Sunday, February 3, 2008

Facilitating Online Learning Communities: Assignment 3

As some of you know, I joined an open access course last year: Facilitating Online Learning Communities. I am now officially enrolled and am in the process of completing the four assignments.

Assignment 3: Plan how I will facilitate an online discussion.

Considerations of the group
The plan was to facilitate two synchronous sessions using Elluminate on Wednesday 21st November and Thursday 29th November 2007. The meetings were designed to interest midwives and students with a global rather than local midwifery focus. I often see brilliant midwifery meeting advertised in the UK and feel that those of us who do not live in the UK miss out. I feel especially isolated as a midwifery PhD candidate with so few midwives researching at PhD level here in New Zealand or even Australia. So my aims for the sessions were to:
  • build networks and connections, especially between midwives who are not directly involved with communities in the UK, amongst midwives, students and researchers.
  • generate interest in online synchronous midwifery meetings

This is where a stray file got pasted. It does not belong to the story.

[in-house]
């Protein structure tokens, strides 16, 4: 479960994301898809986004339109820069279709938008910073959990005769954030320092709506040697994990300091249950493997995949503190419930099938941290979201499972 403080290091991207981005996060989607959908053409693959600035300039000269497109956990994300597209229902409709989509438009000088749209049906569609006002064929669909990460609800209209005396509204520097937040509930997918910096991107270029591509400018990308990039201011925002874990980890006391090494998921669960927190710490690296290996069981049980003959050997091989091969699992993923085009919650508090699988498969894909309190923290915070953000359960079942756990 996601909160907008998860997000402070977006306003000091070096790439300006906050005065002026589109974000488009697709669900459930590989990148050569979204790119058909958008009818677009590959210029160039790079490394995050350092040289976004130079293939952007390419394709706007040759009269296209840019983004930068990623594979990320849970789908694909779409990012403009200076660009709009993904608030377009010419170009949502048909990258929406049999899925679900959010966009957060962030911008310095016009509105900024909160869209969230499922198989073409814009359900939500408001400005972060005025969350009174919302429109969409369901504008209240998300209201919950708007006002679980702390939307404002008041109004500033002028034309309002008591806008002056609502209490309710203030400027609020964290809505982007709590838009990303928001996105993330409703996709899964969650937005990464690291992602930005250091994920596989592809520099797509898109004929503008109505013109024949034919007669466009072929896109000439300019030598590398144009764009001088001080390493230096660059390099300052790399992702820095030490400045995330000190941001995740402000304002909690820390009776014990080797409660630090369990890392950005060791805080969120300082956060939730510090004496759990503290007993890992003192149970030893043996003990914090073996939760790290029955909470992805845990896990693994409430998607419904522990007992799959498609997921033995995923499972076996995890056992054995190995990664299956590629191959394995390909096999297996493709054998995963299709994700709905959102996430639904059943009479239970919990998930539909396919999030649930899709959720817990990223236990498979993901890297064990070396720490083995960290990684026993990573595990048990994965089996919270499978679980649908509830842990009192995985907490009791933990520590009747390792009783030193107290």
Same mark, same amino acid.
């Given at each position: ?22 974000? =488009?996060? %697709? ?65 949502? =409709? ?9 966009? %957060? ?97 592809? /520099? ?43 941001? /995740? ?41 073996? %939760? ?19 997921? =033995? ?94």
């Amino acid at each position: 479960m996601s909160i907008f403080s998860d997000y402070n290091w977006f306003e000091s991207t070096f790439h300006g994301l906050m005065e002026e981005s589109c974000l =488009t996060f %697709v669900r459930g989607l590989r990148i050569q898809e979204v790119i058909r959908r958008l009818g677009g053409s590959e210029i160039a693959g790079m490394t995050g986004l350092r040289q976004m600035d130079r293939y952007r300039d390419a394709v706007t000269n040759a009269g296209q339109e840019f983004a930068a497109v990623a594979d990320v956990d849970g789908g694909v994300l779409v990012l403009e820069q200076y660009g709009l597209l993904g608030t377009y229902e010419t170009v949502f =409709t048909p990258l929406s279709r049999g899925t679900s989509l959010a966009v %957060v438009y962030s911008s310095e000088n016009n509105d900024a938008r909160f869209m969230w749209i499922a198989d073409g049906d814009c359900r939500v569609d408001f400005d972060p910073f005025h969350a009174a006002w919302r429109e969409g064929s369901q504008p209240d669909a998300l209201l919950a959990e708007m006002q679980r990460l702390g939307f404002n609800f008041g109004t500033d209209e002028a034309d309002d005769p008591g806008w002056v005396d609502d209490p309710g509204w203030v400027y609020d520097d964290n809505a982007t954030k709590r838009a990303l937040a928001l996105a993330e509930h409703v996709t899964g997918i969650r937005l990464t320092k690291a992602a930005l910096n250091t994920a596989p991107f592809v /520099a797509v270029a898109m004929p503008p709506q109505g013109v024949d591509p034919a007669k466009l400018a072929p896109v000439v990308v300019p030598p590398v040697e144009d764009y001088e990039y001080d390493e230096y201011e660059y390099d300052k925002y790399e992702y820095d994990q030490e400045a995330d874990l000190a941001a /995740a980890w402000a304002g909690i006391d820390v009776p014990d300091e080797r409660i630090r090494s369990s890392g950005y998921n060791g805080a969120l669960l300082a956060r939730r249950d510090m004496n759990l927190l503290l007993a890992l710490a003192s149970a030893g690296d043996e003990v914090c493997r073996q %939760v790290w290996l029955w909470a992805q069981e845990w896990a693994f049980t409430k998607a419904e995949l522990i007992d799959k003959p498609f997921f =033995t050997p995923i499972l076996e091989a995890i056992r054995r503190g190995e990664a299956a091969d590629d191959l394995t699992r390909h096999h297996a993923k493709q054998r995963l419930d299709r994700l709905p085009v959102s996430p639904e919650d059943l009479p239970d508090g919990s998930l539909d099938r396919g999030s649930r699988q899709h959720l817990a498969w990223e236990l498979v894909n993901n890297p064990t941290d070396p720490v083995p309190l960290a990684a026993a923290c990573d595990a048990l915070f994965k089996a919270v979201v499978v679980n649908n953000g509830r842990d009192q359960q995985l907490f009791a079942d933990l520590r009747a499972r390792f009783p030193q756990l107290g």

• teach midwives (and myself) about how to use Elluminate.
The topics of the meetings were designed to reach two groups. The first topic was 'New Zealand Midwifery' aiming for anyone interested in midwifery in New Zealand. This had the specific intent of informing people about how the maternity services were structured and the midwife's role. There is a lot of interest in New Zealand midwifery because we have full autonomy compared to midwives in many other countries who have limited autonomy. And a lot of English midwives are moving to New Zealand, so I saw this as a way of getting information to them.

The second meeting was aimed more specially at midwifery researchers and students: 'Midwifery Research in New Zealand'. This had less of a structure and was aimed to be more of a 'meet and greet' and share information about the research midwives are doing.

The times of the conferences were difficult to plan because of international time zones, so in an attempt to capture as big an audience as possible I planned to have the sessions at different times of the day 9am and 10pm (NZ). But both times were particularly planned to suit people in Australia and the UK because of the potential audience there, as well as the people who had already indicated an interest in attending. The plan was for the meetings to be one hour long.

I advertised the meetings in all the online midwifery communities I knew about. I invited members of the online communities course to attend for moral support and to give me technical help if I needed it. I also asked Carolyn to be co-facilitator to help me keep an eye on comments, especially when I was speaking.